How to Change the Coolant in a Ford Taurusby Maggie O'Leary
The Ford Taurus first rolled off the assembly line in 1985 for the 1986 model year. The Taurus has remained Ford's best-selling sedan through the current model year. Replacing the coolant in your Taurus will take about 30 minutes to accomplish and requires little in the way of technical expertise and no specialized tools.
Cool the engine. Make sure your Taurus has been sitting for at least an hour, as you should never change the coolant in a hot or warm engine.
Drain the old coolant into a drain pan. You can purchase a drain pan for auto fluids at your local auto-parts store. Remove the radiator cap and open the lid on the coolant overflow tank. Then remove the plug at the bottom of the radiator and let the used coolant run into the bucket. After the coolant has completely emptied, transfer the old coolant from the drain pan into the five-gallon bucket.
Flush the cooling system. You should flush the radiator with water from a garden hose until the water runs clear. Catch the water in the drain pan and transfer it into the five-gallon bucket as needed.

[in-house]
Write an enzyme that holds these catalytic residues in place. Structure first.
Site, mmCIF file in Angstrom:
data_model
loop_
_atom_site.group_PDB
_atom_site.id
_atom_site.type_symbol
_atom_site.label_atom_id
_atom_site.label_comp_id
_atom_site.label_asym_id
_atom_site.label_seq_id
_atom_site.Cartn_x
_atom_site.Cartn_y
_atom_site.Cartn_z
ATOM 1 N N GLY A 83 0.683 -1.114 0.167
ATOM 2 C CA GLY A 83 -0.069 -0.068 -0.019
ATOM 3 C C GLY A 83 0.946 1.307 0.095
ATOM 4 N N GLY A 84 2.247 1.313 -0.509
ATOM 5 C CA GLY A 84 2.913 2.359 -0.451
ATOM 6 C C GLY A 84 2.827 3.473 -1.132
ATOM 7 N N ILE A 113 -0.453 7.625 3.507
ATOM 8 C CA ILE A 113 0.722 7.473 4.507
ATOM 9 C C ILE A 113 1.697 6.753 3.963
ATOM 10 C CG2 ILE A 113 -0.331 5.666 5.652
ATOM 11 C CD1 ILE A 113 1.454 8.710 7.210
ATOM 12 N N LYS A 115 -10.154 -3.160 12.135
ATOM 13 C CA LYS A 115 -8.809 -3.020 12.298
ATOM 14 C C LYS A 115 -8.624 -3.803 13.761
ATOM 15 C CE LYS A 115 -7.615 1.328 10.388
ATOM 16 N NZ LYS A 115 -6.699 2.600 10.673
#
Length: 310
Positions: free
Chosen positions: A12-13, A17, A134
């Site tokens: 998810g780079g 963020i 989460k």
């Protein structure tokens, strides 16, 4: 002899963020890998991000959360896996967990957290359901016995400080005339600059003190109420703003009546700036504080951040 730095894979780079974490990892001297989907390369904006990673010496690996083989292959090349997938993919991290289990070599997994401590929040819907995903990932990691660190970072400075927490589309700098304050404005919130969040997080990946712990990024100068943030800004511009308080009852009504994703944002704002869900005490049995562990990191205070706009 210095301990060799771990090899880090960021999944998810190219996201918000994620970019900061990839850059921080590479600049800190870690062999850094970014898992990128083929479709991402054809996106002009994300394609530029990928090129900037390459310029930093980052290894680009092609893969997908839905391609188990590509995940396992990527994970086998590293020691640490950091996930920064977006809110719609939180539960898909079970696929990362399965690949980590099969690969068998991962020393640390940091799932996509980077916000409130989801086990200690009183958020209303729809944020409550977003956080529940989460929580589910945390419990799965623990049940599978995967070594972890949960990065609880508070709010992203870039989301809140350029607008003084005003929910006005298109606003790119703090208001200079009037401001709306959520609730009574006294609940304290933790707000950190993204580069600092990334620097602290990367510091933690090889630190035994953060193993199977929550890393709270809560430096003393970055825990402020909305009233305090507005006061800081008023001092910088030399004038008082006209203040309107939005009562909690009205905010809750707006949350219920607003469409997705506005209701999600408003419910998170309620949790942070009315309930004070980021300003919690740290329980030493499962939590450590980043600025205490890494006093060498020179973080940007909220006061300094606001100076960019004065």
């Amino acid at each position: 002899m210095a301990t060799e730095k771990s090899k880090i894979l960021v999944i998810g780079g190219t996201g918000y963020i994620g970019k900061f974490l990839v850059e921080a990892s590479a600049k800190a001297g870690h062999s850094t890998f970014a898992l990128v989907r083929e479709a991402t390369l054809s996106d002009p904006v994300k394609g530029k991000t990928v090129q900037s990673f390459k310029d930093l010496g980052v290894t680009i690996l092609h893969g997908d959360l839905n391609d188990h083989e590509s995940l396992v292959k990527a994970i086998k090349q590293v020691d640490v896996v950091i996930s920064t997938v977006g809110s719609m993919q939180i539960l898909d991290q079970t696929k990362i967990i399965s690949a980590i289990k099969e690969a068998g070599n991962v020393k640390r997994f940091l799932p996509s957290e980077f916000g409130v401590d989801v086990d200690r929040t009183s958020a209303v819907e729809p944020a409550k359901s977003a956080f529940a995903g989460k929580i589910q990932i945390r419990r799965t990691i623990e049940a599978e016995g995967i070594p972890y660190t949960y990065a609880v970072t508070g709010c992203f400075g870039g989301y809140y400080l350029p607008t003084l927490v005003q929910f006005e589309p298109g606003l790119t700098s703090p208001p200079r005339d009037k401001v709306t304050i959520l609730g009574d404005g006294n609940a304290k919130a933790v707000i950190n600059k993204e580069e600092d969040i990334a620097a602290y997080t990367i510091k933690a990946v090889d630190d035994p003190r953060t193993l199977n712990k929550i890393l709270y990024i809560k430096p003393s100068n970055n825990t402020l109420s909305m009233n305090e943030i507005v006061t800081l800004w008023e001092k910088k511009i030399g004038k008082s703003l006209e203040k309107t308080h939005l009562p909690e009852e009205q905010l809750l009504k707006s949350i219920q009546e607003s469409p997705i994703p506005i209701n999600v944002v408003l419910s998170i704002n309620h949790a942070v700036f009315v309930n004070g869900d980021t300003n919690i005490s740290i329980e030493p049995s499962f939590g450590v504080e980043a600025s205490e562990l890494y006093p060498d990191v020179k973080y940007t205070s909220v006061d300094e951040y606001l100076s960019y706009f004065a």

Fill the cooling system with new coolant. Replace the plug on the bottom of the radiator and pour fresh coolant into the opening on top of the radiator, making sure not to fill past the markings on the radiator. Make sure to fill the overflow tank to the fill line as well. After you have filled the cooling system with fresh coolant, replace the caps on the radiator and overflow tank.
Recycle the old coolant. You can recycle used [engine coolant](https://itstillruns.com/what-is-engine-coolant-13579658.html) free of charge at your local auto-parts store. Do not dump the used coolant on the ground or in waterways, as this contaminates the water.
Things You'll Need
- Auto Fluid Drain Pan Five-gallon Bucket with lid Garden Hose New Coolant Shop Towels or Old Rags
- Do not overfill the radiator or overflow tank. The cooling system needs some air to push the fluids around, and overfilling these two areas can cause a busted hose in your cooling system. This can cause your car to overheat and result in costly repairs, including a possible engine replacement.
Based in Oklahoma, Maggie O'Leary has been writing professionally since 2001. O'Leary has served in the United States military since 1997 and is a two-time OIF veteran. She has been published in several local military and civilian newspapers and national media outlets including "The Washington Post" and CNN. O'Leary has a Bachelor of Arts in history and legal studies.